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HPB (Oxford). 2002; 4(4): 191–194.
PMCID: PMC2020551

Two cases of ectopic liver attached to the gallbladder wall



Ectopic liver tissue is occasionally found either attached to the gallbladder or elswhere in the upper abdomen.

Case Outlines

A 49-year-old man and a 39-year-old woman were found to have a tongue of liver tissue attached to the serosa of the gallbladder (but separate from the liver) during laparoscopic cholecystectomy for gallstones. The ectopic liver was removed with the gallbladder and was histologically normal in each case.


Several embryological hypotheses have been advanced to explain the development of ectopic liver. The anomaly is usually discovered incidentally at operation. Although the tissue is histologically normal.it can develop the same conditions as orthotopic liver.


Ectopic liver is a rare developmental anomaly in which liver tissue is situated outside the liver and has no hepatic connection 1. Ectopic liver tissue can occur in several different organs such as the diaphragm, hepatic ligaments, omentum, stomach, retroperitoneum and thorax 2,3, but the gallbladder is the commonest site of origin.

Case Reports

Case no. 1

A 49-year-old man with a six month history of biliary colic was found to have gallstones on ultrasound scan and underwent a routine laparoscopic cholecystectomy. During the procedure, a smooth tongue of brown tissue measuring 15 mm×5 mm×2 mm was seen to be attached to the serosa of the gallbladder by a thin mesentery (Figure 1). It was excised with the gallbladder. Histological examination showed liver tissue containing normal tissue elements, i.e. portal tracts with bile ductules and vessels and normal hepatocytes with no disturbance in architecture (Figure 2), suggesting normal drainage. He made an uneventful postoperative recovery and was discharged home 24 hours later.

Figure 1.
Case no. 1: Laparoscopic view of the gallbladder showing the ectopic liver attached to the serosal surface.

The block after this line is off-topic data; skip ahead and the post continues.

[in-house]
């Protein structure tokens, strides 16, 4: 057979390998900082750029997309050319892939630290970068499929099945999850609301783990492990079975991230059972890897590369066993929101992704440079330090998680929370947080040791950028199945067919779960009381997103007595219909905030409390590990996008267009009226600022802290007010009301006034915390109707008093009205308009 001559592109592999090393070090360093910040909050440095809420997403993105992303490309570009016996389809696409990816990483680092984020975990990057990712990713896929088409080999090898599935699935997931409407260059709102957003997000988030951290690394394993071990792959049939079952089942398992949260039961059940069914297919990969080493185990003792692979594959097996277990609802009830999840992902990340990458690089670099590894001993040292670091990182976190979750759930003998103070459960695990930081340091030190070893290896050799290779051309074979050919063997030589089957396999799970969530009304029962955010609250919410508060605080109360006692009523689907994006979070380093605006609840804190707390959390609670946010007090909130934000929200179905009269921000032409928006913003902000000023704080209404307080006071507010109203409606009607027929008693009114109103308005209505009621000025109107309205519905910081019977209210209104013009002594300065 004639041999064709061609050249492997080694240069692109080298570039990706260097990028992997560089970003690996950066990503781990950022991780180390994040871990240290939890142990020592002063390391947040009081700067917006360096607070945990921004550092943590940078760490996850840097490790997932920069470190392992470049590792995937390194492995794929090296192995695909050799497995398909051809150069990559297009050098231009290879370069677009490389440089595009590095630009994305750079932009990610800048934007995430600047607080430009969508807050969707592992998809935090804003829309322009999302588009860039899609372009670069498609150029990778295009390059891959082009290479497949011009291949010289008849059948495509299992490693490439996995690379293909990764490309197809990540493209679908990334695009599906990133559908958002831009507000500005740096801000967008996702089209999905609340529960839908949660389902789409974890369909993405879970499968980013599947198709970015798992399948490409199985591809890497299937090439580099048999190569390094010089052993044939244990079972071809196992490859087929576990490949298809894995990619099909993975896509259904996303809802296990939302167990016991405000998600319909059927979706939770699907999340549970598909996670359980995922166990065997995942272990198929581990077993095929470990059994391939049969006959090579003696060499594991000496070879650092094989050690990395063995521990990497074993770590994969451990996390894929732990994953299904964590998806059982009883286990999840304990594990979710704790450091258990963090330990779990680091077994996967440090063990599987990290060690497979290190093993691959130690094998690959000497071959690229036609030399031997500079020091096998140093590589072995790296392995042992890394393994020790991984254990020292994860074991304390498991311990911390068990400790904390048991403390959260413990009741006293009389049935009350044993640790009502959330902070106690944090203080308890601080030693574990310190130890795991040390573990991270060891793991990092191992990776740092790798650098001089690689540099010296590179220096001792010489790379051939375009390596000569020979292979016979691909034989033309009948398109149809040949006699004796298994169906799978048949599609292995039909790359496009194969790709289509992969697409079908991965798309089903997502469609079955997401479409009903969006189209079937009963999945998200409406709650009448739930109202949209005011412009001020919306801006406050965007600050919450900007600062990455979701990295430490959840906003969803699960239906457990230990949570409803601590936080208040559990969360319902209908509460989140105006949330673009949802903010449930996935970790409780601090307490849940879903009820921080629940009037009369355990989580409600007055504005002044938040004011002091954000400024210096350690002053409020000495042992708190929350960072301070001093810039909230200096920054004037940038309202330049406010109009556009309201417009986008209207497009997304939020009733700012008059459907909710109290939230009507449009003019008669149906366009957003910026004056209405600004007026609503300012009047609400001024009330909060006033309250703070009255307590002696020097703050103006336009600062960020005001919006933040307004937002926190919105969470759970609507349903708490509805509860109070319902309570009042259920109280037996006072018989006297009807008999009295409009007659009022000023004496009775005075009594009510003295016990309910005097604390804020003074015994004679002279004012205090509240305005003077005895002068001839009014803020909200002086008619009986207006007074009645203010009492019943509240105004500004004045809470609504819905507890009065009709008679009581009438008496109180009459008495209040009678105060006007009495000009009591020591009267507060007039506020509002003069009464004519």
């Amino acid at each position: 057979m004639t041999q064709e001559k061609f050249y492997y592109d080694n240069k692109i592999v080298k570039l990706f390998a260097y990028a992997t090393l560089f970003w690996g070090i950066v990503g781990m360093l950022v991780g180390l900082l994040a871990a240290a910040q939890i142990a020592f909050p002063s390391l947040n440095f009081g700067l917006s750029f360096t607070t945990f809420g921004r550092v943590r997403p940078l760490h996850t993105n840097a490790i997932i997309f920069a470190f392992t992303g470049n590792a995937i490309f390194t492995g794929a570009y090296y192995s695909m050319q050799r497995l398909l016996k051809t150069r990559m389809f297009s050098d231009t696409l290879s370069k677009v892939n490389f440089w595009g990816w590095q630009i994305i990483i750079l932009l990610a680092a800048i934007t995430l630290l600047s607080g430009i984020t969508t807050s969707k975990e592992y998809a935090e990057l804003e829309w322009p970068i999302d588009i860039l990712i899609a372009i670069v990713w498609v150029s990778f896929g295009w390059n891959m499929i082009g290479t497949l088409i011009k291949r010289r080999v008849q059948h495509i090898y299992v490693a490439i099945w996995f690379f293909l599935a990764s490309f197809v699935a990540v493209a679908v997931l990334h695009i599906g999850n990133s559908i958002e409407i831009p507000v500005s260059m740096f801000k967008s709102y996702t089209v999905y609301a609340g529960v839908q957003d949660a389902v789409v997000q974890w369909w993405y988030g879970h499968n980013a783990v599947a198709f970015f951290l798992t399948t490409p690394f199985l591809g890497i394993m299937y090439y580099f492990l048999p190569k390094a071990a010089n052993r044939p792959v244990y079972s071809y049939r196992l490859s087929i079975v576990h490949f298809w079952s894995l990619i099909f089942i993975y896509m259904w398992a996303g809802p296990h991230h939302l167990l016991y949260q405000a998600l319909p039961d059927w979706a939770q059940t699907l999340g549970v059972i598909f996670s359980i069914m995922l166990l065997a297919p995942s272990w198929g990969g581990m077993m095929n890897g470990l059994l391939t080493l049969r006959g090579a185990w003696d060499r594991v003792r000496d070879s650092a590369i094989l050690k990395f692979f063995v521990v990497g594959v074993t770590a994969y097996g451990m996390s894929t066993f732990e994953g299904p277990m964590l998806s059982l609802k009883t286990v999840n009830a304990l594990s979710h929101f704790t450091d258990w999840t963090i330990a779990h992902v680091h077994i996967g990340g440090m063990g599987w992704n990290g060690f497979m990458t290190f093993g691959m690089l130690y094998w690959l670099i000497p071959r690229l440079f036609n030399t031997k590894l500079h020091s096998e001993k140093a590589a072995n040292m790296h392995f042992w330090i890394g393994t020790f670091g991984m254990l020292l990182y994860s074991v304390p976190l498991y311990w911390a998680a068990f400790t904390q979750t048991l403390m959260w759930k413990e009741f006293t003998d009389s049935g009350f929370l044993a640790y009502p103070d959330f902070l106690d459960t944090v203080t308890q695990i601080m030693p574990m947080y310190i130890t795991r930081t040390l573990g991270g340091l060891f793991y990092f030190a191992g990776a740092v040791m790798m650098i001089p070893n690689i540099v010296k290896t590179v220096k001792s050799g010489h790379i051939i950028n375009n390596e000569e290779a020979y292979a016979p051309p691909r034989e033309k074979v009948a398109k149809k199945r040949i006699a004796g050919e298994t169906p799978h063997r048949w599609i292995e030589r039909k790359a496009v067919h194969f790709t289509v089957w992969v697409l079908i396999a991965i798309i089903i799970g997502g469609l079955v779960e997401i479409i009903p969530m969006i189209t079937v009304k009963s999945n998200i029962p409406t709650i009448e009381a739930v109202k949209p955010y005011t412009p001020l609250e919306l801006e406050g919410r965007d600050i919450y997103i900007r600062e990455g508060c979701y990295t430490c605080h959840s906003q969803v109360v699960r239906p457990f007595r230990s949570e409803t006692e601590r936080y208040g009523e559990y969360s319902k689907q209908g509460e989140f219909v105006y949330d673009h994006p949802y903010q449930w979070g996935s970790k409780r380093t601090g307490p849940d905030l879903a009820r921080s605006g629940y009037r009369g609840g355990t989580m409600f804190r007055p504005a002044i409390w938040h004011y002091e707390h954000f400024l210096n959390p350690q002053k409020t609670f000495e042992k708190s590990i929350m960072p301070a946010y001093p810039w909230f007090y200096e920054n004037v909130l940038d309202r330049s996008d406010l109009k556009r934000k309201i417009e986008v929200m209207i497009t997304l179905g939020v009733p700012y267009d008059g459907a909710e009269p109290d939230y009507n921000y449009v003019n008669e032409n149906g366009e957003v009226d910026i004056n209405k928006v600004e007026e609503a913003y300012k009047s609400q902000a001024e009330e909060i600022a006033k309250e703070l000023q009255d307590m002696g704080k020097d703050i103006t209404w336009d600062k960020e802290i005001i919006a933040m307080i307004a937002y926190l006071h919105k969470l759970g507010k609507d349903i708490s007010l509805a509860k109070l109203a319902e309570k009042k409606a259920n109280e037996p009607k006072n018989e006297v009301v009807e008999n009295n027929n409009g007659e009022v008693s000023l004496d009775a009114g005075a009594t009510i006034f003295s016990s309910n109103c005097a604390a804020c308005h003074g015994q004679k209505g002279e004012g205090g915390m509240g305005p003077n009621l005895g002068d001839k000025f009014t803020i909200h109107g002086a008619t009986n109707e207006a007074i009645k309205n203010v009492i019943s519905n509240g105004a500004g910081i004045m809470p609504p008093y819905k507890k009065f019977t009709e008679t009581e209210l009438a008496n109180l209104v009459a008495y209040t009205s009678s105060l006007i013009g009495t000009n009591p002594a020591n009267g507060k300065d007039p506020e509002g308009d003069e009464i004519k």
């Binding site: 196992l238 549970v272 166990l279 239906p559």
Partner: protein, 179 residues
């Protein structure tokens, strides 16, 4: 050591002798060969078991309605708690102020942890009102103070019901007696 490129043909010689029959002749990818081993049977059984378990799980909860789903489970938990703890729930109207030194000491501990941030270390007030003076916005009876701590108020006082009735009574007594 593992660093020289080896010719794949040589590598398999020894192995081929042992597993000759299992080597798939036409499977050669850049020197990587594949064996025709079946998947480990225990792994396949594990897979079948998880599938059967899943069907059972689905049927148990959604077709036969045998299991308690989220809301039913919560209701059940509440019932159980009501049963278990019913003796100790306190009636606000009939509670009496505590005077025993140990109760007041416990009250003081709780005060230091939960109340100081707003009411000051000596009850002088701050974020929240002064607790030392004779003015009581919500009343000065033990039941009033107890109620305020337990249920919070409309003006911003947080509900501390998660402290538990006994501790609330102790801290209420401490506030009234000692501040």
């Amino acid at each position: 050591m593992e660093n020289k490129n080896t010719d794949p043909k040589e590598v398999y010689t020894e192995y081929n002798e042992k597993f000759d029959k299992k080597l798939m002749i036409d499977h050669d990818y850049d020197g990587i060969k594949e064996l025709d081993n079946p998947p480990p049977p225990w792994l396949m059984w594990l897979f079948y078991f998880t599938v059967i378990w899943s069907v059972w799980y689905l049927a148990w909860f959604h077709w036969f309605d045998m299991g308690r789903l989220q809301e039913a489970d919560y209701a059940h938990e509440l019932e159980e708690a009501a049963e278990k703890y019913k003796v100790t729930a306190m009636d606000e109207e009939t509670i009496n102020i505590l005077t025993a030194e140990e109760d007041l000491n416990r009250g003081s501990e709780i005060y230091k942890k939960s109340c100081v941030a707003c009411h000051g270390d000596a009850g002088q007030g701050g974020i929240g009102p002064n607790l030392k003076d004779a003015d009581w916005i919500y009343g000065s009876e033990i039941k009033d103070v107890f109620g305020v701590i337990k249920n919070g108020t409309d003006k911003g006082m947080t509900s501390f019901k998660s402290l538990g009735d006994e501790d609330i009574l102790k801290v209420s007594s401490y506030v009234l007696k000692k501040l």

Figure 2.
Case no. 1: Photomicrograph of ectopic liver tissue. Main picture: (H&E×4) showing normal liver parenchyma Insert (H&E×20) showing normal architecture with bile duct, hepatic artery, portal vein and normal hepatocytes.

Case no. 2

A 39-year-old woman with a four month history of multiple attacks of biliary colic and acute cholecystitis secondary to gallstones (on abdominal ultrasound), underwent a laparoscopic cholecystectomy as a day case. A fragment of liver 10 mm×5 mm×2 mm attached to the serosa of the gallbladder was noted intraoperatively and was excised with the gallbladder (Figure 3). The histology report revealed normal architecture with normal hepatocytes, arteries, veins and portal tracts but no bile ducts (ductopaenia), although there was no evidence of cholesta-sis. She made an unremarkable postoperative recovery and was discharged home a few hours later.

Figure 3.
Case no. 2: Surgically removed gallbladder. The forceps indicate the ectopic liver tissue.

Review of the literature

A MedLine database search was conducted using the following key words: ectopic liver (tissue), heterotopic liver (tissue), developmental anatomy, developmental anomaly (ies), gallbladder. References were limited to papers of which the abstract at least was in the English language. Because of the confusion in the classification and terminology of developmental hepatic anomalies, reports of “ectopic liver” were only accepted if they fulfilled the criteria published by CoUan and co-authors 1 namely that the anomalous liver tissue had no connection with the liver. According to these criteria, 81 previous cases of ectopic liver have been published, 33 of them arising in the gall-bladder (Table 1) 1,3,4,5,6,7,8,9,10,11,12.

Table thumbnail
Table 1. Documented cases of ectopicliver attached to gallbladder